The major net energy conversion catalyzed by the mitochondrion. In this process of oxidative phosphorylation, the inner mitochondrial membrane serves as a device that changes one form of chemical bond energy to another, converting a major part of the (more...)

As previously mentioned, the generation of ATP by oxidative phosphorylation via the respiratory chain depends on a chemiosmotic process. When it was first proposed in 1961, this mechanism explained a long-standing puzzle in cell biology. Nonetheless, the idea was so novel that it was some years before enough supporting evidence accumulated to make it generally accepted.

In the remainder of this section we shall briefly outline the type of reactions that make oxidative phosphorylation possible, saving the details of the respiratory chain for later.

Electrons Are Transferred from NADH to Oxygen Through Three Large Respiratory Enzyme Complexes

Although the mechanism by which energy is harvested by the respiratory chain differs from that in other catabolic reactions, the principle is the same. The energetically favorable reaction H2 + ½O2 → H2O is made to occur in many small steps, so that most of the energy released can be stored instead of being lost to the environment as heat. The hydrogen atoms are first separated into protons and electrons. The electrons pass through a series of electron carriers in the inner mitochondrial membrane. At several steps along the way, protons and electrons are transiently recombined. But only when the electrons reach the end of the electron-transport chain are the protons returned permanently, when they are used to neutralize the negative charges created by the final addition of the electrons to the oxygen molecule (Figure 14-12).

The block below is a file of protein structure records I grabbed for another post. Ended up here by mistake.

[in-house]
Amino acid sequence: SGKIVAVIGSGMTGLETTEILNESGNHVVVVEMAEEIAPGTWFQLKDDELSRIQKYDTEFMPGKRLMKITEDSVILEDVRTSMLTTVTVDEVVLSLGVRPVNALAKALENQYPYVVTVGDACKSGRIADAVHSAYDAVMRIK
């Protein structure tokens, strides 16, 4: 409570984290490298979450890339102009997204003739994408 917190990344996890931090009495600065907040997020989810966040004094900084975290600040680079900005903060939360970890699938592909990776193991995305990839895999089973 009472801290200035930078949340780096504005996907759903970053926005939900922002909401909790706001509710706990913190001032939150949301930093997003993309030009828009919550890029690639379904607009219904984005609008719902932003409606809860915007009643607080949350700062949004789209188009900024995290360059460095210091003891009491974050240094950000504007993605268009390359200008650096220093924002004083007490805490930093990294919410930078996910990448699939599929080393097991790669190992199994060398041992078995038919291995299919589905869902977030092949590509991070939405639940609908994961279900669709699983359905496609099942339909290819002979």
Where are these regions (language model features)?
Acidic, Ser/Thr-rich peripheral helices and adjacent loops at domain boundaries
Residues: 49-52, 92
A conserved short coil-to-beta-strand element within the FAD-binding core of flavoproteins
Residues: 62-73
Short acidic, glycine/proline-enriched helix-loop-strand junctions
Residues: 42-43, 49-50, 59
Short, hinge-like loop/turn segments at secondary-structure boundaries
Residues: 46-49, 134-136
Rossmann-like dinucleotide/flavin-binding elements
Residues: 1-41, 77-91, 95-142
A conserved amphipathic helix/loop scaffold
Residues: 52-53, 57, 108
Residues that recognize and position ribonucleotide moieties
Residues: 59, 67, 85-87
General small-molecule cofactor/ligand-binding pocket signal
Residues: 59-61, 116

Figure 14-12. A comparison of biological oxidations with combustion.

Figure 14-12

A comparison of biological oxidations with combustion. (A) Most of the energy would be released as heat if hydrogen were simply burned. (B) In biological oxidation by contrast, most of the released energy is stored in a form useful to the cell by means (more...)

The process of electron transport begins when the hydride ion is removed from NADH (to regenerate NAD+) and is converted into a proton and two electrons (H-H+ + 2e -). The two electrons are passed to the first of the more than 15 different electron carriers in the respiratory chain. The electrons start with very high energy and gradually lose it as they pass along the chain. For the most part, the electrons pass from one metal ion to another, each of these ions being tightly bound to a protein molecule that alters the electron affinity of the metal ion (discussed in detail later). Most of the proteins involved are grouped into three large respiratory enzyme complexes, each containing transmembrane proteins that hold the complex firmly in the inner mitochondrial membrane. Each complex in the chain has a greater affinity for electrons than its predecessor, and electrons pass sequentially from one complex to another until they are finally transferred to oxygen, which has the greatest affinity of all for electrons.